More than 100 friends, colleagues and former classmates surprised Woodland dairy farmer Tom Drew with a gift of more than 100 large round bales of hay in late August, and more is on the way.
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Over 100 came together and raised about $9,000 to secure hay for Woodland farmer Tom Drew amid this season's drought.

Drew, 47, is facing one of his toughest seasons due to drought conditions since he took over the family farm when he was 20. With 200 head of cattle, he estimates that he would need 1,900 large round bales of hay in order to get through winter without thinning the herd. Drew said on Sept. 1 that he was able to harvest roughly 650 bales on the more than 120-year-old farm.

Hearing of the situation, Drew’s longtime friends Ellen Cleaves and her husband Malcolm Hare came up with the idea of donating hay to his farm. Hare, who has numerous hay connections with farmers, secured a truckload of hay that would cost $1,000 to transport from Dexter to Drew’s Woodland farm, Cleaves said.

Cleaves then contacted Dan Robertson, another longtime friend of Drew’s, and his wife Tamra Robertson, to see if they could find another 14 people to each commit $50 for the load.

The group did not reveal their plan to Drew, but Dan Robertson posted the fundraiser on his Facebook page, and it received an overwhelming response from the community.

Meanwhile, Hare kept looking for more hay. And while he was able to secure some from farmers in Limestone, Ashland and throughout The County, he said many farmers did not have hay to sell because of this year’s drought conditions.

Hare said local farmer Ryan Guerrette offered to deliver two loads with 22 bales each from Limestone farmer Wayne Mazerolle free of charge.

Robertson said he’s known Drew since moving to the area in 1986, and that Drew’s involvement in the fundraiser for Robertson’s daughter, Emily Dyer, who suffered a heart attack on June 6 and was in need of a heart transplant, motivated him to help Drew.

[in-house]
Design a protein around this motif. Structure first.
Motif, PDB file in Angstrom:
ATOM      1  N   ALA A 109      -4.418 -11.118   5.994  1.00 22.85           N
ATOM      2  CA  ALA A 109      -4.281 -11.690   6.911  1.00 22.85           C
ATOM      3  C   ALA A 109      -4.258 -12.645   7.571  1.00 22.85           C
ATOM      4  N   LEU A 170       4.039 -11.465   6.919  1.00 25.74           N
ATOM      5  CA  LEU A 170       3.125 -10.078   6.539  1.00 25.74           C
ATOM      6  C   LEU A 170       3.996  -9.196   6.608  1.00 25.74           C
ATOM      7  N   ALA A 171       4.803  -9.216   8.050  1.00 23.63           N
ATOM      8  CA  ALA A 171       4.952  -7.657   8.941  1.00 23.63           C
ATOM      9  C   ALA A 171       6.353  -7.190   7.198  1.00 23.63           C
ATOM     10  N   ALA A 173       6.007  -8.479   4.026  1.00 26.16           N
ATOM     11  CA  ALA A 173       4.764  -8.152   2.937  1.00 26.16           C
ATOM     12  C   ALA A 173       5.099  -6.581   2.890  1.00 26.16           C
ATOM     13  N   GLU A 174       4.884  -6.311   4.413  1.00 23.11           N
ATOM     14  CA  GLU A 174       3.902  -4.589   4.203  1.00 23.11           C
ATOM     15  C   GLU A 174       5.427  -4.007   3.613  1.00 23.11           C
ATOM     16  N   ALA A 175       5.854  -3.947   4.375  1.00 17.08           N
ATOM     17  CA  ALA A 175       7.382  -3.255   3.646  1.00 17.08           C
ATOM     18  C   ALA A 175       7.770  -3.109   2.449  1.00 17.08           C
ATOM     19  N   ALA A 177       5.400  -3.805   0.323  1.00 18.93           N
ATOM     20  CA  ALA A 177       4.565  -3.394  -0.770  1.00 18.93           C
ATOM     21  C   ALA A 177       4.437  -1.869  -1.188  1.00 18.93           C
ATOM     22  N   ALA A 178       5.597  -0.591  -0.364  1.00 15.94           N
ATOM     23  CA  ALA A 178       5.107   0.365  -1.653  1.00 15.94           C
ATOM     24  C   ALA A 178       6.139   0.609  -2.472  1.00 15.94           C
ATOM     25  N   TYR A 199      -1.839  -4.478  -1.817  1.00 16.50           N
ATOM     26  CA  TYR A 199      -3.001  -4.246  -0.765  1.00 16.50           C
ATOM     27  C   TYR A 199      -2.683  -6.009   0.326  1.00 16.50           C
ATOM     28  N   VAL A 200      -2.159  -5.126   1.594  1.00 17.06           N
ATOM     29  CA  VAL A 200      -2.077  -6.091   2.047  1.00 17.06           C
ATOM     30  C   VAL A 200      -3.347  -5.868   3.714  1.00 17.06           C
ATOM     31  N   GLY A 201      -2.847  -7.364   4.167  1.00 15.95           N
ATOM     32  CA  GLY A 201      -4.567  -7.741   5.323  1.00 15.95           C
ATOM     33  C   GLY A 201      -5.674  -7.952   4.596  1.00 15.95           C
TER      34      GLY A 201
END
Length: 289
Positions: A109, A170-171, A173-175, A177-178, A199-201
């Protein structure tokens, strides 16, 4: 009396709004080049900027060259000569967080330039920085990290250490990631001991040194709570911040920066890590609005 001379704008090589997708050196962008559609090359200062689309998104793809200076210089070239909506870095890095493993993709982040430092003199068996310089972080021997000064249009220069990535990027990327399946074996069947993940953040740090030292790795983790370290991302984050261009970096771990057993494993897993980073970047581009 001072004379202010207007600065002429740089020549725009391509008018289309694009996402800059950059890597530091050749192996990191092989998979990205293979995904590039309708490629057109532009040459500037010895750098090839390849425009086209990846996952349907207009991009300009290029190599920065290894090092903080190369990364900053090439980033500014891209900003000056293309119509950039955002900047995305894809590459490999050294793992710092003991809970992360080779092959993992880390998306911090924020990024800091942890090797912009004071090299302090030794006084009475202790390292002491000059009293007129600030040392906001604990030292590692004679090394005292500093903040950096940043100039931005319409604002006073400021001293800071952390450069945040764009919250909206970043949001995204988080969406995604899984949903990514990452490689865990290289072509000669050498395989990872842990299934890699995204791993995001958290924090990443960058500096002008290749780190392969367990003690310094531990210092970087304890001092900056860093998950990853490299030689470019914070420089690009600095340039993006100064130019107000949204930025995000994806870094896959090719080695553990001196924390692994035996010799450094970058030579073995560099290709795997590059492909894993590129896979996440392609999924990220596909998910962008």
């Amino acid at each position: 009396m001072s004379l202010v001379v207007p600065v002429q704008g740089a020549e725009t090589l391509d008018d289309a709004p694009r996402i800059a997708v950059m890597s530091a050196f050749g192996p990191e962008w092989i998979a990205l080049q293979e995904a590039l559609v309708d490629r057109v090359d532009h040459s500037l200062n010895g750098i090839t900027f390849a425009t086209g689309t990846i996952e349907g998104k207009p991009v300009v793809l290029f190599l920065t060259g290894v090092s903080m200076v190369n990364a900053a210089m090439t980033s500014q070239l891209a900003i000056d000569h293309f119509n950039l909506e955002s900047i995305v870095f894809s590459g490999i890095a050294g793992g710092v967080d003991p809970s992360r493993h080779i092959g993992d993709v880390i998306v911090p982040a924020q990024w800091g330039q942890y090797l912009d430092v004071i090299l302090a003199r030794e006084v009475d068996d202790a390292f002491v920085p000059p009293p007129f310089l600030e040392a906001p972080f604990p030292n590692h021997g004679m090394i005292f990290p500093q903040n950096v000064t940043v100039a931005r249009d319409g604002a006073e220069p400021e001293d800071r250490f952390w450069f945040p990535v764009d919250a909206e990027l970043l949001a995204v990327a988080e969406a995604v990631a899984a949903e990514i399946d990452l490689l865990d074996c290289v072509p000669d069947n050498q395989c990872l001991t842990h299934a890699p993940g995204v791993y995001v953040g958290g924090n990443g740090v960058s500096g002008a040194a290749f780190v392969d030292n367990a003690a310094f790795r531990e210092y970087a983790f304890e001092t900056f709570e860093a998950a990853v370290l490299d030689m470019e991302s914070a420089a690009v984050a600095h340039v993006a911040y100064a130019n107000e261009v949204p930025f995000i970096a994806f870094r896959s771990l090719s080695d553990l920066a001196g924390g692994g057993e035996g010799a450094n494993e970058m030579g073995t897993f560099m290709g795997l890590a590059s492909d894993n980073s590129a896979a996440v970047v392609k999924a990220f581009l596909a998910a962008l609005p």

As of Aug. 31, Robertson said 109 individuals and families had made donations, raising roughly $9,000 over the course of just two weeks. He said the smallest donation was around $25, the largest was an anonymous donation of $850, and that it was not uncommon to see single donations of $200 or $300.

Although Robertson said he had been questioning Drew for a week about his needs, Drew said he didn’t know anything about the donation until the day the first load of hay arrived in late August.

“They all kept it pretty quiet on purpose because I assume they thought I’d probably squelch that — and I would have. So they were pretty tricky,” Drew said.

By Sept. 1, roughly 100 large round bales of hay had been delivered, and more were on the way, Drew said.

“Tommy knows he’s going to have to thin his herd down, but every 10 bales we give him is one less cow he has to thin out,” Robertson said.

Drew said drought conditions this year have been particularly rough on farmers throughout the state and in many parts of the country.

“Most places are getting 25 percent of last year’s yield,” said Drew. “Fifty percent would be pretty good for this year. I’m not sure we can still get to where we need to be, but we’re in a lot better shape today than when they first asked me.”

He said he was amazed that his friends were able to find such a large amount of hay.

“A lot of people are in the same boat and I don’t know who is going to save them. I have a bit of survivor’s guilt going on with the reality of it all. We’ve never looked at the forecast and saw 10 sunny days in a row with no rain and felt bad about it. Now, when you look at the forecast you feel bad about the good weather. That’s the kind of year we’ve had,” Drew said.

“This summer has been so sad for people between the pandemic and the drought,” Cleaves said. “Our intent was just to say ‘You’re an important person, and we care.’ Even if it wasn’t going to fix the problem, it would give him hope.”

Drew took over H.B. Farms, a dairy farm on the Woodland Center Road, in the early 1990s. The farm has been in his family since 1974 and was named after Helen and Blanche Farrington, who owned the farm since 1896 and adopted Drew’s grandfather Hannibal, an orphan. Hannibal took care of the two sisters in their later years and they eventually sold him the farm for a dollar.

The farm was passed down to Drew’s mother, Ida, who lives on the farm with Drew. His father, Dana, died in a vehicle crash.

It’s been over a year since the COVID-19 pandemic caused milk prices to plummet…

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